The path toward Heaven will not be filled with roses, nor will it be full of prosperity as charlatans like Kenneth Copeland or Joel Osteen will claim. Saints like St. Catherine of Siena, St. Francis De Sales, and St. Hilarion faced spiritual difficulties – but all came out on top, joyfuller than before through their devotion to God. From this we can learn to remember that if we fall, we still have the abundance of God’s merciful hand to hang on to. No example demonstrates this better than St. Peter, who the Church reveres as the first Pope. First there’s the account of him walking on water with the Lord, yet sinking due to his tepidity, only to be saved by clutching to Him; and again, during the Passion of Our Lord: after assuring Him his eternal loyalty, he denies Him three times, as earlier prophesized. It’s easy to imagine the gravity of sorrow this act had on his soul. Lo and behold though, he banishes that darkness, trusting in the goodness of his recently resurrected Saviour, approaches Him with a clean heart, and becomes formally invested upon him the authority of the Papacy, with the duty of bringing all people to His kingdom. This he does with an even greater fervour than before, an unshakeable faith that beats out any dark prison or human reprove wherever he went.
In a similar manner, the first recourse we should have whenever we feel spiritually desolate is to not panic. If my personal experience has taught me anything, it’s that sooner or later, we will conquer those feelings with the help of God – and that He will answer our prayers, even if it does take time, so patience is key to winning this battle. If, like Yamato in the above example, found consolation in something that lifted them away from his faults, this is proof that we too can rise above the darkness of sin and ignorance, and become holy ourselves, by trusting in the plan of Our Redeemer: “In all thy works remember thy last end, and thou shalt never sin.” (Sirach 7:40)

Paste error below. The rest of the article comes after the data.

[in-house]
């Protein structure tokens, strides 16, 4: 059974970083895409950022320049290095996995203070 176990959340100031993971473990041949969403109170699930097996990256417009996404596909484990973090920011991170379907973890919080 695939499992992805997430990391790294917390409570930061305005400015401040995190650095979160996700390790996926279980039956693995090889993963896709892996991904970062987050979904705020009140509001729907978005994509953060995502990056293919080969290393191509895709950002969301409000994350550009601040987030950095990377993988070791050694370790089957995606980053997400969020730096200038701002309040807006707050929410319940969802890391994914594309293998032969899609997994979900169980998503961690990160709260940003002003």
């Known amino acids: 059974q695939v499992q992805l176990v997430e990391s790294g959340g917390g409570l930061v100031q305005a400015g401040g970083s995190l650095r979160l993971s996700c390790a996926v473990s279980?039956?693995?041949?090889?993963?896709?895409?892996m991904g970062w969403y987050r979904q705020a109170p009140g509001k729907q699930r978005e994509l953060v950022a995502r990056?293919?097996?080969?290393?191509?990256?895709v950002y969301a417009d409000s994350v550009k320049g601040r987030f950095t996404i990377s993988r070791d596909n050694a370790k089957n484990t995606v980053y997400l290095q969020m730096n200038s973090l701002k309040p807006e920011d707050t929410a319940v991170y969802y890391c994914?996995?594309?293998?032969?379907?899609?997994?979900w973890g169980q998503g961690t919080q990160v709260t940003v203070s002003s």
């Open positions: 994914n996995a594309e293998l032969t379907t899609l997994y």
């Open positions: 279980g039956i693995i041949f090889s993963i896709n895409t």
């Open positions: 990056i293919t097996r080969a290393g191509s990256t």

It is well to remember, however, that aridity is not always a chastisement; at times it is a disposition of divine providence for our greater spiritual profit and to keep us humble. Lest St. Paul become vain on account of the spiritual gifts he had received, the Lord permitted him to be tempted to impurity: “And lest the greatness of the revelations should exalt me, there was given me a sting of my flesh, an angel of Satan to buffet me.”St. Alphonsus Liguori, Uniformiy With God’s Will, chapter 6.9
I hope this series was helpful not just to serve as a summary of this wonderful work of St. Alphonsus Liguori, but a practical one through examples of each tenet as demonstrated through the lens of anime. I personally find it helpful to have visual aids that can assist in understanding tenets of the Catholic Faith, in matters spiritual and dogmatic – and it’s my hope that you come to the same conclusion as well. Should God permit me to, I hope to be able to revive this series albeit using a different Catholic spiritual book as the headliner sometime in the next year or so.
To conclude, I leave you with one final encouraging piece of advice from St. Alphonsus Liguori himself from chapter seven, as well as a prayer he composed regarding the overarching subject matter. It goes: “May the most just, most High, and most adorable will of God be in all things done, praised, and magnified forever.” Indeed, His will be done at every moment. Laudetur Iesus Christus, et Ipsi gloria, per nunc et semper!
Let us will always and ever only what God wills; for so doing, he will press us to his heart. To this end let us familiarize ourselves with certain texts of sacred scripture that invite us to unite ourselves constantly with the divine will: “Lord, what wilt thou have me do?” “Tell me, my God, what thou wilt have me do, that I may will it also, with all my heart.” “I am thine, save thou me.” I am no longer my own, I am thine, O Lord, do with me as thou wilt. If some particularly crashing misfortune comes upon us, for example, the death of a relative, loss of goods, let us say: “Yea, Father, for so it hath seemed good in thy sight.” Yes, my God and my Father, so be it, for such is thy good pleasure.St. Alphonsus Liguori, Uniformity With God’s Will, chapter 7.3-7.4